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University of Florida | Journal of Undergraduate Research | Volume 13 Issue 1 | Fall 2011 1 One Traitor or Another: The Dreyfus -Judas Connection during the Dreyfus Affair Sara Reynolds College of Liberal Arts and Sciences, University of Florida The Dreyfus Affair (1894 1906) raised questions about nationalism citizenship corruption and stability during the Third Republic. Antisemitic ideology pervaded the popular press during the Affair. Jews were labeled as foreigners, identified with treason, accused of partaking in a conspiracy and believed to be dominating and infiltrating French society. This article examines the French antisemitic newspaper La Libre Parole as well as other illustrated journals and discusses how antisemites framed Jews as treasonous outsiders in order to solidify their own place as supportive loyal citizens in French society. By connecting Dreyfus with Judas, antisemites used a historically established image associated with treason to illustrate the threat that Jews, and those who supported the Dreyfu sard cause, supposedly represented in modern Fren ch society. This strategy allowed antisemites to justify their own position in a changing society while simultaneously undermining the secular, meritocratic system of the Third Republic. In September 1894, a concierge assigned to the Ge rman embassy in Paris removed a note, known as the bordereau, torn into six pieces from the wastebasket in the office of the German military attach Maximilien von Schwartzkoppen. The note, delivered to the Statistical Section, a bureau of the General Staf f in charge of espionage and counter espionage, revealed that the General Staff had a traitor in their midst. After hasty investigation, Captain Alfred Dreyfus, a Jewish officer and intern of the French Armys General Staff, was arrested, interrogated and taken to court on charges of treason.1 Dreyfus was tried, declared guilty by a unanimous vote on December 22, 1894, and sentenced to exile on Devils Island, off the coast of South America.2 Not long after his conviction, Dreyfuss wife, Lucie, and brothe r, Mathieu, fully convinced of Dreyfuss innocence, began a campaign for revision. This campaign began an ordeal known as the Dreyfus Affair, which enveloped France for twelve years (18941906). Extensively covered by the press, the Dreyfus Affair divided the French nation into two vehement groups: the Dreyfusards and the anti Dreyfusards. The Dreyfusards believed in Dreyfuss innocence and the miscarriage of justice surrounding his trial and saw the Church and the army as institutions opposed to a modern, secular state. The anti Dreyfusards believed in Dreyfuss guilt and supported the Church and the army, which, in their eyes, represented stability through resistance to social conflict and change and protection against internal and external enemies.3 It is important to note that not all antiDreyfusards were antisemitic and that some Dreyfusards expressed antisemitic views. The Affair represented the struggle between the individual and t he state; between civilian government and military authority; between the politics of parliamentary institutions and the politics of the mob; between the belief religious or secular in a common humanity and the modern calculus of racism.4 It provide d an environment in which French political ideologies developed and were expressed and was one of the first moments in history when the ideas of nation, race and religion played a significant role in the motivations of each opposing side and the outcome of the Affair itself. The press acted as a particularly important medium through which these ideas manifested themselves. Issues of national identity and loyalty became so important because many of the members involved in the Affair came from Alsace, a provi nce bordering France and Germany. Because Dreyfus and so many other major participants originated in Alsace, antisemites characterized them as even more likely to commit treason. The antisemitic press, specifically Edouard Drumonts La Libre Parole adopte d a nationalist perspective to legitimize itself in the eyes of the French public but, in reality, used patriotism as a means of avoiding concerns of social hierarchy, class conflict and a changing society. Jews were natural targets for allegations of espionage and treason. The press published articles and illustrations that accused Dreyfus, the Jewish community and Dreyfusards of treason, espionage, false patriotism and disloyalty, and connected them with Germany, a long time enemy of France. Visual and printed polemic allowed antisemites to emphasize their own elite status and to denounce as meaningless the merited status of Jews or Dreyfusards. Publications in the press also demonstrated attempts by antisemites to explain the failures of the decadent society in which they thought they lived, allowing themselves to remain unaccountable for corruption, military failure, mediocrity and weakness. The identification of Jews with traitors was by no means new but was an idea that extended into the past as far as the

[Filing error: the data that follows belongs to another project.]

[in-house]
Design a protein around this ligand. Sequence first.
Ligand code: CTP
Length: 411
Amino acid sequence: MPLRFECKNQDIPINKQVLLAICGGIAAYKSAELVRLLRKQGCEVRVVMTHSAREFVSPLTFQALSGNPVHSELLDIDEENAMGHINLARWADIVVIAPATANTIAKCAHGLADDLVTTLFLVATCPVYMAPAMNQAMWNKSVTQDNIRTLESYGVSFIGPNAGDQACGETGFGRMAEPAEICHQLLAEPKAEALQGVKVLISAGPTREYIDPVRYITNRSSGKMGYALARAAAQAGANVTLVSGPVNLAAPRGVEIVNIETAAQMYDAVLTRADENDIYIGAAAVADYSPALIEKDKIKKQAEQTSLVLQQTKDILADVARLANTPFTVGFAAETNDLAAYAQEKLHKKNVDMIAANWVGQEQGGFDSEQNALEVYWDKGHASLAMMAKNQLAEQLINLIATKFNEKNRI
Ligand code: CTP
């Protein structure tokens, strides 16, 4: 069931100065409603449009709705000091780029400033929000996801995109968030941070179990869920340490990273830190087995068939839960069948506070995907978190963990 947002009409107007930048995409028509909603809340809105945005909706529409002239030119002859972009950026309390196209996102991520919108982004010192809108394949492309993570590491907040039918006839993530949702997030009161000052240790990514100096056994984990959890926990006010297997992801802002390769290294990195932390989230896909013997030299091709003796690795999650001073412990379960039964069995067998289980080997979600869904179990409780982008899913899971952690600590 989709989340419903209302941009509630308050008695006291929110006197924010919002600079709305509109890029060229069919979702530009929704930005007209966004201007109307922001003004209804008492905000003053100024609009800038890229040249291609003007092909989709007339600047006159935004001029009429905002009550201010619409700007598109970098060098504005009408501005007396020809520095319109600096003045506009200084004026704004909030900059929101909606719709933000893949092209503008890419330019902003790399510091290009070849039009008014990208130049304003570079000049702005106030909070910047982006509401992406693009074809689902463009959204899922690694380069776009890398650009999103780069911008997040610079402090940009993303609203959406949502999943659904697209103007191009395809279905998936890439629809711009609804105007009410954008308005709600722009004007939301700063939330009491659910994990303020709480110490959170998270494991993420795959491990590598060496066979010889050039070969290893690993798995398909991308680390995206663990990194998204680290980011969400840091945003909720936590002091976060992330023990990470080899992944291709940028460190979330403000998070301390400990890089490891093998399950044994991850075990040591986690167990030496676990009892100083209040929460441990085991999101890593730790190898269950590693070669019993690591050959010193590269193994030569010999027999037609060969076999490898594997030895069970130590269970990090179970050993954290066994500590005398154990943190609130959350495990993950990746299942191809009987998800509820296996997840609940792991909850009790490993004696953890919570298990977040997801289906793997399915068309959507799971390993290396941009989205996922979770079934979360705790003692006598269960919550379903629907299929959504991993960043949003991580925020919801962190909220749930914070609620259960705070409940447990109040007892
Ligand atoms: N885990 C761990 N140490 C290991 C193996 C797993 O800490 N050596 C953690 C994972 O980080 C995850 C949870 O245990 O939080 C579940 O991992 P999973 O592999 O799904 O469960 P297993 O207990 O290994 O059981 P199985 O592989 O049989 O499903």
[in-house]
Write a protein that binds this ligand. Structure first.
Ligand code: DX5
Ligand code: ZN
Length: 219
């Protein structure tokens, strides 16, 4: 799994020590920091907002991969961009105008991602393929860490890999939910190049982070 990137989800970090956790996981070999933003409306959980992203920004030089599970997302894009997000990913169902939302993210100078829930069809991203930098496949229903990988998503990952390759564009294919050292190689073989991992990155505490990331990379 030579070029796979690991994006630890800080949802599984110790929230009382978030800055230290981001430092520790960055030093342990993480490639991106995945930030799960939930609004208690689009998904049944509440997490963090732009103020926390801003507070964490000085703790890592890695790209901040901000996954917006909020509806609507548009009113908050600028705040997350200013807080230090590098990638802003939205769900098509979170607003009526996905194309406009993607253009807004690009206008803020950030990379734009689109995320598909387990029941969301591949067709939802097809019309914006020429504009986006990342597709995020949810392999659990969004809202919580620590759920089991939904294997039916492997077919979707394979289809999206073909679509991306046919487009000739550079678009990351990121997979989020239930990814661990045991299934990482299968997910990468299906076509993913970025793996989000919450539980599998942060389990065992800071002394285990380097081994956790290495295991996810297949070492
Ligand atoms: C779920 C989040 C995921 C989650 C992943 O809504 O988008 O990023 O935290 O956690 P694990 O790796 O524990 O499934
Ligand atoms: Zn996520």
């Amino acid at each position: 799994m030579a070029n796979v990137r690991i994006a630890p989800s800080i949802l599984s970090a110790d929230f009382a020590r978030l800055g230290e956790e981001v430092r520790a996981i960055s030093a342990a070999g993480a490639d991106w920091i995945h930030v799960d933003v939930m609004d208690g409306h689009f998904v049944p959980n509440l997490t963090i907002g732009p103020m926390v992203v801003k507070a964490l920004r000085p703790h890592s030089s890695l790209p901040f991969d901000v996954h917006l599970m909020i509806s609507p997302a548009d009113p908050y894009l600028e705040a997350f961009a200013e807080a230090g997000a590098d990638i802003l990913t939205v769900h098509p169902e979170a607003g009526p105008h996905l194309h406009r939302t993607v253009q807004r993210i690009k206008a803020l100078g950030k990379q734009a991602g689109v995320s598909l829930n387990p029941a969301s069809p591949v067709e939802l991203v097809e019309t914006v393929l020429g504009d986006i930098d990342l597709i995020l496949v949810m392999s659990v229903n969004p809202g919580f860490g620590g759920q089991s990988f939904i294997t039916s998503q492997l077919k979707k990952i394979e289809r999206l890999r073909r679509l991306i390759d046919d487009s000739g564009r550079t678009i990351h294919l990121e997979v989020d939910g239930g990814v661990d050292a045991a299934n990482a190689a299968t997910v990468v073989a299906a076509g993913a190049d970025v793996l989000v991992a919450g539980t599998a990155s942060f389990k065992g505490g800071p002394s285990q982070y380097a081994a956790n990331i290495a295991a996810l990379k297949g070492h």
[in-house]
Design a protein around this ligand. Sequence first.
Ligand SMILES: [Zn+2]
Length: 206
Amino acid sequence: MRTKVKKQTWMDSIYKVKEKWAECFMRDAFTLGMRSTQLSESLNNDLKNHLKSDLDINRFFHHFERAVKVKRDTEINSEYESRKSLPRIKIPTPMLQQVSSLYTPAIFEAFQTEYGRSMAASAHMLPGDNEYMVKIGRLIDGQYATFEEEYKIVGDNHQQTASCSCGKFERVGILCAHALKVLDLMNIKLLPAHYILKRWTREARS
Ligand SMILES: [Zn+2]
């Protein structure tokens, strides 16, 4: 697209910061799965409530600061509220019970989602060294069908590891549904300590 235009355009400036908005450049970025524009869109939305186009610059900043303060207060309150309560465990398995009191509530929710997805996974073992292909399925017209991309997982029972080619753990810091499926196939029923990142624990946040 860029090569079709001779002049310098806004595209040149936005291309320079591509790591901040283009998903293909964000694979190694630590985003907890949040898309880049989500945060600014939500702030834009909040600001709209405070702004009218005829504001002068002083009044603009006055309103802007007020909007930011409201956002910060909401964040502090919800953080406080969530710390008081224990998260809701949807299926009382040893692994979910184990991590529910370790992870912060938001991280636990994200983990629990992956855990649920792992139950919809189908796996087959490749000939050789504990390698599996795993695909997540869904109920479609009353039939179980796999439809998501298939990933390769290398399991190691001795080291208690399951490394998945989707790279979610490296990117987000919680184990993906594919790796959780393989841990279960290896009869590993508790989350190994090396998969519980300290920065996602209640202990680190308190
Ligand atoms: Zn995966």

SARA REYNOLDS University of Florida | Journal of Undergraduate Research | Volume 13 Issue 1 | Fall 2011 2 Medieval era. By the end of the Middle Ages, Jews in France were identified with Judas Iscariot, who betrayed Christ fo r thirty pieces of silver. By the mid nineteenth century, the Catholic Church sanctioned works that emphasized the Jewish responsibility for the murder of Christ.5 The word Judas was often used to describe a traitor and Judas the traitor became a traditional stereotypical figure in popular literature, providing antisemites with a ready made myth to exploit.6 During the late nineteenth century, antisemites believed Jews were going to betray France, just as Judas had betrayed Christ, a theme often r einforced by Drumont.7 Dreyfus was depicted and connected with Judas throughout the Affair. As Judas posed an internal threat to the Christian community by betraying Jesus, so Dreyfus posed an internal threat to the French nation. Another connection made between Judas and Dreyfus was that antisemites believed both had betrayed for money .8 On November 3, 1894, only six days after the arrest of Dreyfus had been publicly announced, Edouard Drumont wrote an article condemning Jews for treason, saying, Judas sold the God of mercy and love Alfred Dreyfus sold to Germany mobilization plans.9 Again on November 7, in an interview with La Patrie Drumont stated, Dreyfuss t reason has not surprised me Dreyfus did that which Judas did.10 Drumont reminded the r eader that not only did Dreyfus give privileged information to Frances enemy but also that he did it as a form of selfprofit, implicating his selfish interests instead of national interests. By connecting Dreyfus to Judas, antisemites gave Dreyfuss acti ons apocalyptic implications. The connection also implied the amount of depravity and sinfulness of Dreyfuss character, a metaphor that would have rung true in a largely Catholic nation in which one Assumptionist priest stated that [t]o be Catholic and to be French are one and the same thing.11 Additionally, by comparing Dreyfus to Judas, antisemites succeeded in alienating Dreyfus from his peers and from the French people as a whole. At Dreyfuss public military degradation on January 5, 1895, the observing crowd shouted, Wretch! Judas! Long live France, dirty Jew! and a group of officers shouted, Judas! Traitor! Maurice Barrs described the degradation as the parade of Judas.12 Bernard Lazare, one of the first Dreyfusards, explained the Judas Dreyfus phenomenon by saying, They [antisemites] needed their own Jewish traitor to replace the classic Judas.13 The link between Judas and Dreyfus also exemplified the ambiguity of modern antisemitism. A coherent ideology for modern antisemitism, which d iscriminated against Jews on secular and ethnic levels, was still developing during the Dreyfus Affair, and i n order to create this ideology it relied on many traditionally antisemitic images and notions, discriminating against Jews on religious levels. Th e illustrated press contributed visually to the polemic surrounding the Dreyfus Affair. Caricatures portraying Jews in negatively stereotypical ways existed throughout the nineteenth century, commonly appearing in illustrated newspapers and published image s during the 1880s and 1890s. It was easy for antisemites and anti Dreyfusards to apply traditional images to the figures and events of the Dreyfus Affair.14 The illustrated press often portrayed Dreyfus as a traitor using stereotypical and pejorative image s. La Libre Parole Illustre the illustrated component of La Libre Parole printed the image entitled, About Judas Dreyfus, (F igure 1) in which Edouard Drumont is shown lifting up a man with a hooked nose, a traditionally stigmatized Jewish image, an d wearing a German military cap with the label traitor written across his forehead. This man is clearly supposed to be Dreyfus, and the caption reads, Frenchmen, for eight years I have repeated this to you each day!15 The image and its message reminded the viewer that Dreyfuss loyalties were in question; that, as a Jew, he was a foreigner and as an Alsatian Jew he was linked to Germany in more than militaristic ways; that he was depraved and sinful by nature ; and, most importantly, that his guilt justified and legitimized the antisemitic arguments Drumont had been Figure 1. J. Chanteclair, A Propos de Judas Dreyfus, La Libre Parole Illustre, November 10, 1894.